Considering the activation seen in the left OFC and the importance of this region in moral cognition, change in activity in this region was further explored using ROI analysis. The intentional harm conditions showed greater activation in the left OFC compared with the control conditions (−36, 23, −14; Z = 4.31, k = 133, FWE = 0.001; red in Fig. 5A). A follow-up paired t-test found a higher difference in percent signal change in this OFC region (blue in Fig. 5A) when the perpetrator was from the outgroup (POVI minus POVO) compared with when the perpetrator was from the ingroup (PIVI minus PIVO), t47 = 2.15, P = 0.036 (Fig. 5B). The same comparison, of the interaction effect, for the control condition (COI minus COO compared with CII minus CIO) revealed a non-significant result (47) = 0.88, P = 0.38.
In addition, effective connectivity analyses showed increased coupling between the left OFC and left insula (−39, −1, −11; Z = 3.70; extent = 146; P FWE = 0.021; Fig. 6A) and left amygdala (−30, −4, −17; Z = 2.86; extent = 22; P FWE = 0.036; Fig. 6B) for the POVI minus POVO contrast. No other areas showed increased connectivity with left OFC for this contrast at the whole-brain level.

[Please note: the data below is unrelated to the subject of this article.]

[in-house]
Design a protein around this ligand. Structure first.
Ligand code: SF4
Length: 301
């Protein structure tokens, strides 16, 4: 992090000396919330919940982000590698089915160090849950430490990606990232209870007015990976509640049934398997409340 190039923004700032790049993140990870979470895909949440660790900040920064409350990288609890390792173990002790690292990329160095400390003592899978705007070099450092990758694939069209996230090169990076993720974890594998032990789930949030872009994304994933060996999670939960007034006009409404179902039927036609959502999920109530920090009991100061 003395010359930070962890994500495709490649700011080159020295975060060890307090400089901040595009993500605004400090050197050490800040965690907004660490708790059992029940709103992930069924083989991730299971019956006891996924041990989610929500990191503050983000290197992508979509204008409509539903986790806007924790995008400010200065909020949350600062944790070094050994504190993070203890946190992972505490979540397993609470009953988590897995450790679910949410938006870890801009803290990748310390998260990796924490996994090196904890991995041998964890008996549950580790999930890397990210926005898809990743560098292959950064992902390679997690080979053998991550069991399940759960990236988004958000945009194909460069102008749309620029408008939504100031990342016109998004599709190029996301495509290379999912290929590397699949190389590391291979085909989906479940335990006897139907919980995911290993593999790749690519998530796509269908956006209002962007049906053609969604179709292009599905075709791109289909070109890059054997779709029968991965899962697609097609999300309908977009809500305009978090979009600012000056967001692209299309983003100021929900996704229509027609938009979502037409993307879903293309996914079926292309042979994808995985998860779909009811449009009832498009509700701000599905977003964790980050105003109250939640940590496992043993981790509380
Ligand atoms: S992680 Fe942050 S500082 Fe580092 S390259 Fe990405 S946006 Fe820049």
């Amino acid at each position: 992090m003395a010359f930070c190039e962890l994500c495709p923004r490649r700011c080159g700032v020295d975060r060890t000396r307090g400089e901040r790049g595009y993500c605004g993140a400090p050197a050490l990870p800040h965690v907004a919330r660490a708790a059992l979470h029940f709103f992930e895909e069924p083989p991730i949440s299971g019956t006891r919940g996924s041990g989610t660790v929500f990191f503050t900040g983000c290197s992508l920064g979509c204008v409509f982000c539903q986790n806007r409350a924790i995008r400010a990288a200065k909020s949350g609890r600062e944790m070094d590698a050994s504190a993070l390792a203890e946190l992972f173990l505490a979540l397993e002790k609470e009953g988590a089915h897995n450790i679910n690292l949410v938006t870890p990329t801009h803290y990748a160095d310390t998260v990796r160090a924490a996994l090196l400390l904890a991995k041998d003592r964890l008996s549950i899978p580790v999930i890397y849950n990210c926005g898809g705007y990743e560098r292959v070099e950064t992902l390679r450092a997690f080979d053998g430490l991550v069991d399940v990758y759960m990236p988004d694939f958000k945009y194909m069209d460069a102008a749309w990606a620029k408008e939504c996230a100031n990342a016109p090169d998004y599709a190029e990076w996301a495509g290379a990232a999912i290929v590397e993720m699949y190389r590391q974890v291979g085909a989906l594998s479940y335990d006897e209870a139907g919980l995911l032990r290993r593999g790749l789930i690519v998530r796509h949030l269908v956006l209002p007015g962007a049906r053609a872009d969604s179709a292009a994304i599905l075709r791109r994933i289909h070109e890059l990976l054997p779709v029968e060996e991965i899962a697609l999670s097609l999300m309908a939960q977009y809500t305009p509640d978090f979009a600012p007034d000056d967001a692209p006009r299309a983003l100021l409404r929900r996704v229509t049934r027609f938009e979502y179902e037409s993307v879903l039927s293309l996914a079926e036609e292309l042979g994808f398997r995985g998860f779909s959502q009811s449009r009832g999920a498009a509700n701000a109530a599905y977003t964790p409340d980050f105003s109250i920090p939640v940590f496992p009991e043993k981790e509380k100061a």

Evolution has tailored the brain to be sensitive to signs of suffering of others, and the neural mechanisms that process such signals are modulated by interpersonal relationships and group membership, with a clear bias for increased sensitivity for ingroup suffering (for reviews, see Hein and Singer 2008; Cheon et al. 2010; Chiao and Mathur 2010; Decety and Svetlova 2012; Eres and Molenberghs 2013; Molenberghs 2013). Indeed, work in social psychology and social neuroscience has demonstrated that individuals with normal empathic capacity frequently fail to respond to another's suffering if they belong to the other group and can even feel schadenfreude when experienced with the suffering of an outgroup member (Cikara, Botvinick et al. 2011; Cikara, Bruneau et al. 2011). The present study reveals an important moderator of moral sensitivity to transgressions; however, when an outgroup transgressor attacks an ingroup victim, special sensitivity may be evoked.